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The Pilgrim - February 14, 2016
Sunday Celebration Notes
What a fantastic Quinquagesima! Thank you to the Music Department and to all who made our Gifts of the Generations series so illuminating and enjoyable. I have been hearing lots of interested comments about the generational theory piece ... do you want to hear more? Would you enjoy a chance to have a multi-generational conversation over a meal? Email me if you’d be interested in a discussion or social event with a multi-generational focus ... email@example.com.
The abrupt shift from Mardi Gras and Quinquagesima is part of what makes Ash Wednesday so powerful. Our service tonight will have a shadowy, reflective feeling, and all ages are welcome:
Ash Wednesday Service Tonight 7:00 p.m.
Our theme for Lent this year is Hope Is the Story.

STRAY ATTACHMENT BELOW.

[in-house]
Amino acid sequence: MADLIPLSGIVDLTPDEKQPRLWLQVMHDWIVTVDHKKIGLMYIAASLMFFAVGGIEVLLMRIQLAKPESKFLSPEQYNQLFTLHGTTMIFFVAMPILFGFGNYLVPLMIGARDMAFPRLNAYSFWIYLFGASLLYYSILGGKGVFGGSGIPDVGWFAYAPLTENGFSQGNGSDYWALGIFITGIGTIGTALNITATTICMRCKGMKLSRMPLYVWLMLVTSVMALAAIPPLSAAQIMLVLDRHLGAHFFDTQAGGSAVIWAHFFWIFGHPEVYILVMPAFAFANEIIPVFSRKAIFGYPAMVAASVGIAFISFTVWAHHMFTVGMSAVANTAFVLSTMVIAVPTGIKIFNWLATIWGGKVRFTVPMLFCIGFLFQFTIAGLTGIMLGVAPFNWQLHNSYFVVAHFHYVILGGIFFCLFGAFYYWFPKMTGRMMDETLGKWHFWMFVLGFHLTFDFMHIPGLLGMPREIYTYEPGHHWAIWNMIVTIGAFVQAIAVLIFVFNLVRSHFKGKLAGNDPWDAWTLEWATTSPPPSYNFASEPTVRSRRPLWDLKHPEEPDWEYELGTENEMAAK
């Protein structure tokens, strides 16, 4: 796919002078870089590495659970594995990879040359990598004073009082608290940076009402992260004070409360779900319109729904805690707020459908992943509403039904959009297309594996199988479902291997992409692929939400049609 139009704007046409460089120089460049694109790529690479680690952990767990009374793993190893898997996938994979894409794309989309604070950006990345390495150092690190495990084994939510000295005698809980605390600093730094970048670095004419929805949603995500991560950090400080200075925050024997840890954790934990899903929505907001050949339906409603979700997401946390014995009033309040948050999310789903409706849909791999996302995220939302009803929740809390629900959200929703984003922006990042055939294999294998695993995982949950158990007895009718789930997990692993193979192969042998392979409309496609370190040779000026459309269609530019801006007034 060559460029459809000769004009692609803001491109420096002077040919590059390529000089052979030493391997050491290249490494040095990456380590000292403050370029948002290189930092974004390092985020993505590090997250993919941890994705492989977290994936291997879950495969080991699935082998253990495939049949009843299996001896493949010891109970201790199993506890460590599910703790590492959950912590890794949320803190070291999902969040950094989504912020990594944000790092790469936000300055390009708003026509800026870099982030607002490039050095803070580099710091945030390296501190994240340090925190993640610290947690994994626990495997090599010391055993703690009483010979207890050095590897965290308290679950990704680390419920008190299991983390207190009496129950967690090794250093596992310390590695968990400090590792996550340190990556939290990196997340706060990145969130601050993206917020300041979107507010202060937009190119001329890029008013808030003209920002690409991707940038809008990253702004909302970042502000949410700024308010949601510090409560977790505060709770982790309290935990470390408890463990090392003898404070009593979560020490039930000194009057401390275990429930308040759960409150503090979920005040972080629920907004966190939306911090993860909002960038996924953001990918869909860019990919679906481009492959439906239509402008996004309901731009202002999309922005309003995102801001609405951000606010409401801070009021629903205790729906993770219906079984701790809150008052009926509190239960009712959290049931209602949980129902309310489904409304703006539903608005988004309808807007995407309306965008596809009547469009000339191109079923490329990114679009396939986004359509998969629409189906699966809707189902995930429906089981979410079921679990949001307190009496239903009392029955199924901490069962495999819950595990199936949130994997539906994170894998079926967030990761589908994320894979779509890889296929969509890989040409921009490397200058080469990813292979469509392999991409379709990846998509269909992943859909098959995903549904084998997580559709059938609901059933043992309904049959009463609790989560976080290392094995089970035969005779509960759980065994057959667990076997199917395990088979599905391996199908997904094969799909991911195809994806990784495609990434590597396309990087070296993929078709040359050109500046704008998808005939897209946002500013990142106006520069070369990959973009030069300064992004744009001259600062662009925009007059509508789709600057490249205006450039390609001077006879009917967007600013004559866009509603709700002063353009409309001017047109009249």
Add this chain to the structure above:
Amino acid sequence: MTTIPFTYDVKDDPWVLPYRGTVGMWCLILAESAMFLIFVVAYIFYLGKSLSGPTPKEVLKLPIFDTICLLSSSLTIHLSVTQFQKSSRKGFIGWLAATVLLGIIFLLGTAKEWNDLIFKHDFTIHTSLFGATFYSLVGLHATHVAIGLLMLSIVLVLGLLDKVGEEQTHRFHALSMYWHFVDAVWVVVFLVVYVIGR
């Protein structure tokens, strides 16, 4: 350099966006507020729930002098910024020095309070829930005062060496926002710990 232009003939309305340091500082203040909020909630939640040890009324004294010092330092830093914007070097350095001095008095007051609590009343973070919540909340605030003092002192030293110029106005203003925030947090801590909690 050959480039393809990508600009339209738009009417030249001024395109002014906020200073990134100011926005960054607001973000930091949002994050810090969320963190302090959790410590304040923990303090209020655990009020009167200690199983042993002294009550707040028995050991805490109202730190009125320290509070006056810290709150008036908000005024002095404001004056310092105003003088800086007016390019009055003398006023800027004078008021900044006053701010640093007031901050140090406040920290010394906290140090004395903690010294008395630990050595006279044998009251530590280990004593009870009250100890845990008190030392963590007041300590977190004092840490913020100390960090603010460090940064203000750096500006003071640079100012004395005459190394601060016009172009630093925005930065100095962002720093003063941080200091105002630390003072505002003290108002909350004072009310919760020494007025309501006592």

There is a saying attributed to the great liberal Protestant theologian (some would say the greatest theologian of the 20th century) Karl Barth: preach with the Bible in one hand and the newspaper in the other. I hear this as a reminder – not just to preachers, but to all of us - to consider our faith in its current context, not to remain in the history or poetry of the Christian story, but to bring its message of hope into our lives, into the issues of the day, and into our actions in real time.
What would Jesus say about the water in Flint, Michigan? What would Peter say about the presidential primaries? What would the woman at the well say about the Anglican Church welcoming the Roman Catholic church to worship at Hampton Court ... for the first time in more than 400 years?
Let’s ask these questions together during Lent 2016~
Have a beautiful week,
P.S. Fabulous conversations with the Faith and Film class this week – looking forward to discussing Carol on Sunday and Monday night! Carol is not showing is very many places, so I’ll show clips, and I recommend looking online or watching Far from Heaven by the same filmmaker, Todd Haynes, so that all can get into the conversation.
When children (and many grown-ups) are asked, “What is God?” they often reply, “God is love.” Early 19th-century hymn author Thomas Cotterill puts it this way:
This Sunday, the choir will sing this text, set by Hal Hopson in honor of Valentine’s Day!